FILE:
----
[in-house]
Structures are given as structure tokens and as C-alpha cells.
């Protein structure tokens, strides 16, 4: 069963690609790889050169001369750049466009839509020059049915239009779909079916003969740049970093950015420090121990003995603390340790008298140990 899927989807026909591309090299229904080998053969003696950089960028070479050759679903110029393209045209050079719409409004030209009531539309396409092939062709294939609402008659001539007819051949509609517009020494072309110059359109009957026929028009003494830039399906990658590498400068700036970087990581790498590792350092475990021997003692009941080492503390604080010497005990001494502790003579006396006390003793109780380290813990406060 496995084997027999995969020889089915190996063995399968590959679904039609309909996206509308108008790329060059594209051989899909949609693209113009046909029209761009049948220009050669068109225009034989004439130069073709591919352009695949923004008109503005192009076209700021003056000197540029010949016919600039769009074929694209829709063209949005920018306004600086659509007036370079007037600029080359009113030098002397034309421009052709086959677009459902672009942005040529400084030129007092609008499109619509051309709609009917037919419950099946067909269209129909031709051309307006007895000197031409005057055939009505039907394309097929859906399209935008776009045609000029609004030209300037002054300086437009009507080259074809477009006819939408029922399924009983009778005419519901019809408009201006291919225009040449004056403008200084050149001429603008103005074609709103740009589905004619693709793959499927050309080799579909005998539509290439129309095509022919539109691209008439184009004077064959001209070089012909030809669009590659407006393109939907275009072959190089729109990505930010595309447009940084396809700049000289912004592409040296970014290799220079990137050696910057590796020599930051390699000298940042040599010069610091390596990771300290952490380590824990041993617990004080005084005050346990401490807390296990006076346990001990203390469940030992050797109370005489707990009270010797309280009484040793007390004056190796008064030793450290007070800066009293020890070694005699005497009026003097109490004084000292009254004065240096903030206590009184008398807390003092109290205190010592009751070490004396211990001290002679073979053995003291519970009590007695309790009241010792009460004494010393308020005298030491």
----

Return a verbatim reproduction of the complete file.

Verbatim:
[in-house]
Structures are given as structure tokens and as C-alpha cells.
């Protein structure tokens, strides 16, 4: 069963690609790889050169001369750049466009839509020059049915239009779909079916003969740049970093950015420090121990003995603390340790008298140990 899927989807026909591309090299229904080998053969003696950089960028070479050759679903110029393209045209050079719409409004030209009531539309396409092939062709294939609402008659001539007819051949509609517009020494072309110059359109009957026929028009003494830039399906990658590498400068700036970087990581790498590792350092475990021997003692009941080492503390604080010497005990001494502790003579006396006390003793109780380290813990406060 496995084997027999995969020889089915190996063995399968590959679904039609309909996206509308108008790329060059594209051989899909949609693209113009046909029209761009049948220009050669068109225009034989004439130069073709591919352009695949923004008109503005192009076209700021003056000197540029010949016919600039769009074929694209829709063209949005920018306004600086659509007036370079007037600029080359009113030098002397034309421009052709086959677009459902672009942005040529400084030129007092609008499109619509051309709609009917037919419950099946067909269209129909031709051309307006007895000197031409005057055939009505039907394309097929859906399209935008776009045609000029609004030209300037002054300086437009009507080259074809477009006819939408029922399924009983009778005419519901019809408009201006291919225009040449004056403008200084050149001429603008103005074609709103740009589905004619693709793959499927050309080799579909005998539509290439129309095509022919539109691209008439184009004077064959001209070089012909030809669009590659407006393109939907275009072959190089729109990505930010595309447009940084396809700049000289912004592409040296970014290799220079990137050696910057590796020599930051390699000298940042040599010069610091390596990771300290952490380590824990041993617990004080005084005050346990401490807390296990006076346990001990203390469940030992050797109370005489707990009270010797309280009484040793007390004056190796008064030793450290007070800066009293020890070694005699005497009026003097109490004084000292009254004065240096903030206590009184008398807390003092109290205190010592009751070490004396211990001290002679073979053995003291519970009590007695309790009241010792009460004494010393308020005298030491």